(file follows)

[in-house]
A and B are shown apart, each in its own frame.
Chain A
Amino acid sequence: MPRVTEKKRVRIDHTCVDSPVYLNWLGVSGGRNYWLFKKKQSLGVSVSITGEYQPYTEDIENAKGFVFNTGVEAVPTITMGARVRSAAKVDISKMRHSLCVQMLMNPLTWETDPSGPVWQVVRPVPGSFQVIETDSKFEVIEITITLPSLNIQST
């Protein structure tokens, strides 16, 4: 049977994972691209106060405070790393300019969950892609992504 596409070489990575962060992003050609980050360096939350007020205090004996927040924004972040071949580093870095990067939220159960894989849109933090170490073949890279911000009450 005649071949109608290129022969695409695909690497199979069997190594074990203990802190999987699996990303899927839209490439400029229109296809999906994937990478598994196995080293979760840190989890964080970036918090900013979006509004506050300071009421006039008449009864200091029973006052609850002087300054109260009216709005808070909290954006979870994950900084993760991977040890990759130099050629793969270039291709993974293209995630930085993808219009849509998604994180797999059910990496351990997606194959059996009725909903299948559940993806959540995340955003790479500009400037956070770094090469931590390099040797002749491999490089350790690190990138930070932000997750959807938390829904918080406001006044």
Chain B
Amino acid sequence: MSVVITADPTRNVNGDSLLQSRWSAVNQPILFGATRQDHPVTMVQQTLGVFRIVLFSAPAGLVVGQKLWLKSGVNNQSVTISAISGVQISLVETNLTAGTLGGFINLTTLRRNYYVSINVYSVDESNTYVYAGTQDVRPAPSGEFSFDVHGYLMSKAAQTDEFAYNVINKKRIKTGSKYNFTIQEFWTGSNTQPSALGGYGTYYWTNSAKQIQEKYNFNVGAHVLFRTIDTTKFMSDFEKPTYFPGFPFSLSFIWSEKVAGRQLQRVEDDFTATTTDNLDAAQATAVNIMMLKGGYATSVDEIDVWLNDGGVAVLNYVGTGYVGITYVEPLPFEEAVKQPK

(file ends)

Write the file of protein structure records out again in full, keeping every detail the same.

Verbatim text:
[in-house]
A and B are shown apart, each in its own frame.
Chain A
Amino acid sequence: MPRVTEKKRVRIDHTCVDSPVYLNWLGVSGGRNYWLFKKKQSLGVSVSITGEYQPYTEDIENAKGFVFNTGVEAVPTITMGARVRSAAKVDISKMRHSLCVQMLMNPLTWETDPSGPVWQVVRPVPGSFQVIETDSKFEVIEITITLPSLNIQST
């Protein structure tokens, strides 16, 4: 049977994972691209106060405070790393300019969950892609992504 596409070489990575962060992003050609980050360096939350007020205090004996927040924004972040071949580093870095990067939220159960894989849109933090170490073949890279911000009450 005649071949109608290129022969695409695909690497199979069997190594074990203990802190999987699996990303899927839209490439400029229109296809999906994937990478598994196995080293979760840190989890964080970036918090900013979006509004506050300071009421006039008449009864200091029973006052609850002087300054109260009216709005808070909290954006979870994950900084993760991977040890990759130099050629793969270039291709993974293209995630930085993808219009849509998604994180797999059910990496351990997606194959059996009725909903299948559940993806959540995340955003790479500009400037956070770094090469931590390099040797002749491999490089350790690190990138930070932000997750959807938390829904918080406001006044």
Chain B
Amino acid sequence: MSVVITADPTRNVNGDSLLQSRWSAVNQPILFGATRQDHPVTMVQQTLGVFRIVLFSAPAGLVVGQKLWLKSGVNNQSVTISAISGVQISLVETNLTAGTLGGFINLTTLRRNYYVSINVYSVDESNTYVYAGTQDVRPAPSGEFSFDVHGYLMSKAAQTDEFAYNVINKKRIKTGSKYNFTIQEFWTGSNTQPSALGGYGTYYWTNSAKQIQEKYNFNVGAHVLFRTIDTTKFMSDFEKPTYFPGFPFSLSFIWSEKVAGRQLQRVEDDFTATTTDNLDAAQATAVNIMMLKGGYATSVDEIDVWLNDGGVAVLNYVGTGYVGITYVEPLPFEEAVKQPK